To go back to the original comment, I have for the most part stopped really caring when I face obvious racism that does not provoke physical fear. I can deal with someone hurling racial epithets quite well. What I cannot deal with is more subtle forms of racism, for example when an individual reduces a long discussion (for example on racism) to an 'emotional reaction,' thus counterpoising himself, the 'rational white man' to me, the 'emotional irrational brown man.' Those are the kinds of actions that send me spiraling into rage, that provoke an image of my fist and their face.

To respond to your generational question....well, how old is your sister? Sometimes I think that actually, people about 10 years older than me (I'm 22), are much more sensitive to blatant racial comments and are much more likely to be 'politically correct' (and even if they recognize the problems with political correctness, they will still use the politically correct term and frown on racial humour). Maybe its because the discourse on political correctness was much more normalized by the time that I went to school, maybe it has something to do with how racism against brown people has changed post-Sept 11th...I'm not quite certain. Nor would I really defend this observation about those half a generation older, because it’s made on quite shaky ground that I don’t have much commitment to. But I would be interested in hearing everybody's reactions.

ARGH! I recently posted that

ARGH! I recently posted that I have a tendency to be blind to my colonial privilege as an American/Canadian and there you go pointing it out to me. I did assume everyone was either American or Canadian. I am trying harder to be more aware of it, but obviously not trying hard enough.

omg, you're adorable :) It's okay.

Anyway, imo the importance is not really in your own feelings about "colonial privilege," which are for you to work out, as much as showing people respect for existing (though obviously connected etc. etc.). Don't burn yourself out censoring your own attitudes at the cost of ignoring the world around you.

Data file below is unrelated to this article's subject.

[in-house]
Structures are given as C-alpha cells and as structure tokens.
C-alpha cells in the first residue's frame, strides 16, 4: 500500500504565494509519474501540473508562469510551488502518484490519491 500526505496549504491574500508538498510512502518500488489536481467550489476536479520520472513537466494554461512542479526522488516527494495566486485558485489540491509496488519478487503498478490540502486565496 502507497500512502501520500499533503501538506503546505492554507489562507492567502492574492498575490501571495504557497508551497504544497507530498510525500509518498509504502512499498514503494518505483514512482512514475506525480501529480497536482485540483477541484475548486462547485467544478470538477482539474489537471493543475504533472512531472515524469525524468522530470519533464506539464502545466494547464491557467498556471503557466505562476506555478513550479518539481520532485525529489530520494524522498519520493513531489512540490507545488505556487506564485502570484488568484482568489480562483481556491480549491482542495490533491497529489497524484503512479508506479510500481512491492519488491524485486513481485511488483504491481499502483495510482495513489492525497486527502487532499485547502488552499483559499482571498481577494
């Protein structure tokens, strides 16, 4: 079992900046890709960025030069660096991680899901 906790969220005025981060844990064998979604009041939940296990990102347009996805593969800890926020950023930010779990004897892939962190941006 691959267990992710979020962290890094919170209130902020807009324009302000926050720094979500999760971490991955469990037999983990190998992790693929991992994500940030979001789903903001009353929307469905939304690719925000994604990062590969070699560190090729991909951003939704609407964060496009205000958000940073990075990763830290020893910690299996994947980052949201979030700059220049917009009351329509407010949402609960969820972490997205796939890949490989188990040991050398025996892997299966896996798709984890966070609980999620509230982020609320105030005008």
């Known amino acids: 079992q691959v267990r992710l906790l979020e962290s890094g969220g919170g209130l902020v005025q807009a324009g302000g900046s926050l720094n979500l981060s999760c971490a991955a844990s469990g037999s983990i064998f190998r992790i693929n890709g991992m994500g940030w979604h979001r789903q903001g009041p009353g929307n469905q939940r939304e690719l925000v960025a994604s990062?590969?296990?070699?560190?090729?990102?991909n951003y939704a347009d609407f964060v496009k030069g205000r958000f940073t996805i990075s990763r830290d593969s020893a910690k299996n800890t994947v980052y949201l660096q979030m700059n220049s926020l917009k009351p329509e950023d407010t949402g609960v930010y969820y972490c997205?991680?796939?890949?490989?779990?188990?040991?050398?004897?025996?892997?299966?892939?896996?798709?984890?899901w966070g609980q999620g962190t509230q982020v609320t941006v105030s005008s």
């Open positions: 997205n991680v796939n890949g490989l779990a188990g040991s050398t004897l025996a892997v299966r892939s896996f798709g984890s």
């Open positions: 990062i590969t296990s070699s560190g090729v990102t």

gah, you got the "god hates

gah, you got the "god hates fags" people? the original Phelps clan, or have they started a franchise now?

Sometimes I think that

Sometimes I think that actually, people about 10 years older than me (I’m 22), are much more sensitive to blatant racial comments and are much more likely to be ‘politically correct’ (and even if they recognize the problems with political correctness, they will still use the politically correct term and frown on racial humour).

I'm about 10 years older than you, give or take, and I've noticed generational shifts too--from people above me who are about 7-10 years older than me, both South Asian and Asian. A good example is how Harold and Kumar is received--people who embrace it who are about my age are moronic (making exceptions for geography/personal experience...see below)--people who embrace it who are a little older than I am tend to speak about it as a revelation for themselves to see an Asian and a South Asian in roles like that. They're still looking for the politics of recognition (Nancy Fraser), which is totally legitimate in my mind. It just doesn't do much for me :) The same analysis might apply to something like Namesake and Jhumpa Lahiri in general--she's about the 10-year-older-than-me age group I'm describing, and she rights in the more closed-off, appeal to the mainstream way that a lot of people my age rail against.

My other point is banal: a lot of people who grew up in different areas of the U.S., at least, have different experiences with racism and recognition. I'm not sure what it was like in Nebraska, frankly, or even in a hub of South Asians like Houston or Los Angeles (Los Angeles less so). Hell, I don't even know what it was like in Queens. So some--but not all--of the the "generational" shifts are primarily rooted in personal experience with the culture around during the time of identity formation.

Which, as we know from this blog, lasts from about age 13 to death for most ABCDs.

And yes, I said ABCDs, not ABDs. Deal with it.